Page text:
Xamarin.UITest review: QA-engineer’s standpoint

This is a technical post explaining the logic, advantages, and configuration peculiarities of Xamarin’s Automated UI Acceptance Testing framework.

July 26, 2015
Andrew Pilipchenko
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Xamarin.UITest based on Calabash and have a similar operating principle. However, in this framework tests are being written by С# and NUnit (in difference with Calabash in which Gherkin+Ruby is used).This framework is cross platform, that`s why it allows to create crossplatform tests, both on iOS and Android. Windows Phone is not supported and Andrew personally think it is a disadvantage of this tool. But on the other hand this tool supports tesing of native apps on Java and Objective-C.

What are the advantages of Xamarin.UITest

Surely the most of you can oppose that there are native frameworks for Java and Objective-C that make a good job of it. But if you need to write UI Acceptance Testing simultaneously for both platforms, Xamarin.UITest will be very useful. Moreover there is native Xamarin Test Cloud support . Test Cloud is very useful but rather expensive.

More about how it works

Work mechanism on OS and Android is different. Nuget package is embedded in iOS app, it raises an http server inside your application. That`s how it works:

It is performing a little different on Android . During tests’ assemly and launch , two apps are being installed on the device: your app and Test Cloud server. Both of them are signed by the same key. That`s why Test Cloud server has rights on managing your app. It`s looks like this:

Xamarin.UITest embeds in solution rather easy, almost in a couple of clicks. You just need to create another one project for UI tests.

After this simple actions project with template initialization and installed packages is added. Then you need to add Nuget package Xamarin Test Cloud Agent NuGet to iOS project and to write in AppDelegate the following:

<p>CODE: https://gist.github.com/VladMogwai/15b90051835f6e4984cd7a2f2f45484c.js</p>

If you use Xamarin`s IDE the integration can be considered as completed. For Visual studio you’ll have to make all the actions manually. But it is rather simple. Besides the actions with iOS project you need to add PCL project and install Nunit and Xamarin.UITest packages into it.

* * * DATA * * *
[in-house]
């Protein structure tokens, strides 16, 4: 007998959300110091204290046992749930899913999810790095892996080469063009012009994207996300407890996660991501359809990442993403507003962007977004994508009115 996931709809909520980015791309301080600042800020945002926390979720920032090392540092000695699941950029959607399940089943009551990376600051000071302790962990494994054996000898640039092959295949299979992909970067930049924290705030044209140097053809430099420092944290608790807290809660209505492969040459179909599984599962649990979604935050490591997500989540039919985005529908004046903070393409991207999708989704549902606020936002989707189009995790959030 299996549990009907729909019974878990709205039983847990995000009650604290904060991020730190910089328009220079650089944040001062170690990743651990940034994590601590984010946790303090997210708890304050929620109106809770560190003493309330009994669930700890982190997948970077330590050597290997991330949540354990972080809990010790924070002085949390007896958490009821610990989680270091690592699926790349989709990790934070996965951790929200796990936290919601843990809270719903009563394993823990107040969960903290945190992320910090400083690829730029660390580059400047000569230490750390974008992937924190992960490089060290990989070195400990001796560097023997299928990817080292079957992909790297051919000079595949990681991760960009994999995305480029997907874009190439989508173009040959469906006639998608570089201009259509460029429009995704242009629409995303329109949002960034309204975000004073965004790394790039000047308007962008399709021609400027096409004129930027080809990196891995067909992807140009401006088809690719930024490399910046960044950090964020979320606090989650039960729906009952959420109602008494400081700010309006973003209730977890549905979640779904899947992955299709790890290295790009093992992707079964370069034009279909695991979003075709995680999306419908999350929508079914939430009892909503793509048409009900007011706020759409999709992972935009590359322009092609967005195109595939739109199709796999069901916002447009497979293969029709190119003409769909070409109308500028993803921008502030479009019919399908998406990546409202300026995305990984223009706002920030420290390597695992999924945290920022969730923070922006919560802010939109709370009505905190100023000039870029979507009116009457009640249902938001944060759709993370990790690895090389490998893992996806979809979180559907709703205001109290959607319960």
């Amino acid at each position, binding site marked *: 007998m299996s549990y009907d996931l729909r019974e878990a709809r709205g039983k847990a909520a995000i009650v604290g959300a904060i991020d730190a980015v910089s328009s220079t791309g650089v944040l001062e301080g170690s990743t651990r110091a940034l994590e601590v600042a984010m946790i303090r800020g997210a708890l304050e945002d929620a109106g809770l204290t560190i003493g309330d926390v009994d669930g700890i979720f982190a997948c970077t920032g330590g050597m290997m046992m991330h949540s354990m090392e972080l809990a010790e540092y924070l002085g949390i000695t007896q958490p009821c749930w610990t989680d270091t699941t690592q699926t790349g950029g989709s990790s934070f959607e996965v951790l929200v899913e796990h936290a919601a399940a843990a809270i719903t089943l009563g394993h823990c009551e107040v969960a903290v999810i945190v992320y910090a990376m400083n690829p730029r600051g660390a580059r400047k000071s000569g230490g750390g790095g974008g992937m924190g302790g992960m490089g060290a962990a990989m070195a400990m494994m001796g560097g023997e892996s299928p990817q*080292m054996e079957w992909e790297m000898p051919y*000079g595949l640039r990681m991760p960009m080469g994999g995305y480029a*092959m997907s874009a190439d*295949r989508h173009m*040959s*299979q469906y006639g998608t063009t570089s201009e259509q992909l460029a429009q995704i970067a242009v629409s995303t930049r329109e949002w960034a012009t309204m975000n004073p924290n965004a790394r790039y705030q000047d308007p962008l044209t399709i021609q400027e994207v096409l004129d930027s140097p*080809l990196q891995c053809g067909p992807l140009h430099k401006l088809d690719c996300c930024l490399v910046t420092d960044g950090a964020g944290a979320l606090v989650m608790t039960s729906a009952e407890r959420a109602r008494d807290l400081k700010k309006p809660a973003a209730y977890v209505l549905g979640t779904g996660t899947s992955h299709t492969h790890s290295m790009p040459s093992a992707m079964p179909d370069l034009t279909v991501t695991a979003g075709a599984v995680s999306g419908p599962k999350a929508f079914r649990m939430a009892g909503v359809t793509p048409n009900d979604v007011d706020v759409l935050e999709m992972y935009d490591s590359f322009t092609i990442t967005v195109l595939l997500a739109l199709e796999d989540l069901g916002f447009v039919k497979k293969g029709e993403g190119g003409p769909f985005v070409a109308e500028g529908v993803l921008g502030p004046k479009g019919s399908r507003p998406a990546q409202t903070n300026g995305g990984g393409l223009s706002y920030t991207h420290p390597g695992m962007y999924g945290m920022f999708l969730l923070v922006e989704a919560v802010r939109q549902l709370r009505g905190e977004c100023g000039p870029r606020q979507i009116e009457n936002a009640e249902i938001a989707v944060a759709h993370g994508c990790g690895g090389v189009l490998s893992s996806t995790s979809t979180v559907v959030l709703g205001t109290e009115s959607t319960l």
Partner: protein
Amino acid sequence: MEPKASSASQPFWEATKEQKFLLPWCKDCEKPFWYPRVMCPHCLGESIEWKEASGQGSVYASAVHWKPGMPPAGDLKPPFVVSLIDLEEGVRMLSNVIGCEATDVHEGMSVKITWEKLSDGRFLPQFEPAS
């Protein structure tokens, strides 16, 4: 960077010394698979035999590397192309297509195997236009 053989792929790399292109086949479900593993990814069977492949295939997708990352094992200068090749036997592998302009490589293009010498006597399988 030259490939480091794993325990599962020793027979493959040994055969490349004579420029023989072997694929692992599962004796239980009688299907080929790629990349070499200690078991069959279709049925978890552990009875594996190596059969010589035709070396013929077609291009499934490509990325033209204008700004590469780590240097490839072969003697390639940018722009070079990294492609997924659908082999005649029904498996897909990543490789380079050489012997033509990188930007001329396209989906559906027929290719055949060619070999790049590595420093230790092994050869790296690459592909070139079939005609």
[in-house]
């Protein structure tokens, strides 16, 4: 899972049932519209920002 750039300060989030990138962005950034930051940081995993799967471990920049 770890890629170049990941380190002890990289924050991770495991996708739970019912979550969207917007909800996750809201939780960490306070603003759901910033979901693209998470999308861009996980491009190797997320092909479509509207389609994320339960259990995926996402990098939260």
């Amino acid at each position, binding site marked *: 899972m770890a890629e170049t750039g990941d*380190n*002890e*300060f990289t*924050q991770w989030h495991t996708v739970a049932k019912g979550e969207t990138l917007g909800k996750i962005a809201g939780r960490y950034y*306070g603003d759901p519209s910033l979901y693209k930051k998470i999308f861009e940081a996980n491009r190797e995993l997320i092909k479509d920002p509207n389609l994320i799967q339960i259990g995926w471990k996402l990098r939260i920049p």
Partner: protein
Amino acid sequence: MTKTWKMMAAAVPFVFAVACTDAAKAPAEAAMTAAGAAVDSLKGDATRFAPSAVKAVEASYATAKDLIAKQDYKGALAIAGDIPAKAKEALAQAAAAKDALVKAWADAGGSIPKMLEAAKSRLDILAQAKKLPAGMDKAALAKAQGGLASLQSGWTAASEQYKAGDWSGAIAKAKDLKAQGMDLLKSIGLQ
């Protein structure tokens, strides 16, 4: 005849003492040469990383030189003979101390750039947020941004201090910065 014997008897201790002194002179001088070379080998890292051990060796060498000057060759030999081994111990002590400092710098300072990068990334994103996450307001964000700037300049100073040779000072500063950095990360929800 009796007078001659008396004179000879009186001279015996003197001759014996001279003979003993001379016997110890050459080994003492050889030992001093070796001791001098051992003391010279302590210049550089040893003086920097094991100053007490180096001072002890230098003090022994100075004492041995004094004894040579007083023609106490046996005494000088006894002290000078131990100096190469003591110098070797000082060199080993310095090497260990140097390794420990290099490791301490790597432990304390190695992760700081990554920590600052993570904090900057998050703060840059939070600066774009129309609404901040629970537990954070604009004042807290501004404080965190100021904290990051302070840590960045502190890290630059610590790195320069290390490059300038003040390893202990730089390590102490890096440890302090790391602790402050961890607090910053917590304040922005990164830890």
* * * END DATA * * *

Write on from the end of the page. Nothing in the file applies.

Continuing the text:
If you use Xamarin`s IDE the integration can be considered as completed. For Visual studio you’ll have to make all the actions manually. But it is rather simple. Besides the actions with iOS project you need to add PCL project and install Nunit and Xamarin.UITest packages into it.

Now let`s talk about our tests’ configuration

We are interesting in two classes: Tests and Appinitializer. Let`s start from the second one:

<p>CODE: https://gist.github.com/VladMogwai/10a563c71fe8167a075db97c4f223dc3.js</p>

There is parameter set  besides mentioned in TODO way to apk and ipa files. For example, the device ID where tests will be launched, api key for Xamarin Test Cloud and others. The class defines a platform for running and launches the tests on the selected platform. Now let`s consider the Tests class:

<p>CODE: https://gist.github.com/VladMogwai/a8c47798c9f4f6da1ead17a83369f7ab.js</p>

The method with SetUp attribute will run our tests and transfer them to StartApp platform.Unfortunately “native” variant will work only for Xamarin.Forms project. On MVVM-Cross you can make something like this:

<p>CODE: https://gist.github.com/VladMogwai/ddf44cbb1cf330b93036442d66702dd5.js</p>

Thus, you need to create TestiOS and TestDroid targets.

Well.. set it up, launched, it’s time to start writing tests!

Tests are usually have standart Arrange-Act-Assert strucrure. You should   test that contains  Repl (read-eval-print-loop ) method. It runs the console where  we can see the structure of visible part of our application. This is done as follows:

<p>CODE: https://gist.github.com/VladMogwai/e935e2b5d48641a96853b86db77a30b1.js</p>

This method calls REPL console. For clarity, Andrew executed tree command there, it retreives  information for all visible elements:

And the app looks like this:

To interact with control  elements we need to use the IApp interface methods. In this article we will consider just three of them: Tap(), WaitForElement() and Query(). Though there are much more of them and here you can find  the full list with  their properties.

First  we have to get the identifiers of AppQuery type elements. This is done as follows:

<p>CODE: https://gist.github.com/VladMogwai/e21434c1405fc8fe7bc1c6fad3acb84b.js</p>

Well, we have got AppQuery for all elements and now we can interact with them. Let`s validate the startup message, tap on the button and validate received message.

<p>CODE: https://gist.github.com/VladMogwai/ae749409fe6d19772ba17a7a2496e38d.js</p>

As you can see, IApp methods (the instance in this case is app) take as input AppQuery data type parameters and return an AppResult[] type result. But for all that Linq expressions only applicable to AppResult[], thus assertions and AppResult[] looks like this:

In this example, during the local launch  tests can be started  concurrently on both platforms, and all the results will pour in one console (in Andrew`s opinion it`s not very conveniently). In addition, in a couple of clicks you can integrate Xamarin service TestCloud and run tests in the cloud. A test launch is made from unit tests panel, what  is quite convenient.

Except tests running agent you need to add api key in TestCloud (Andrew didn`t put it in this sample). You can learn how to get and to use it here.

Link to the sample that was used in this article is here.

Useful links:





At this point we are finishing our brief excursion into Xamarin.UITest. I hope Andrew`s review was useful for you. Thank you for your attention and see you soon in our blog!

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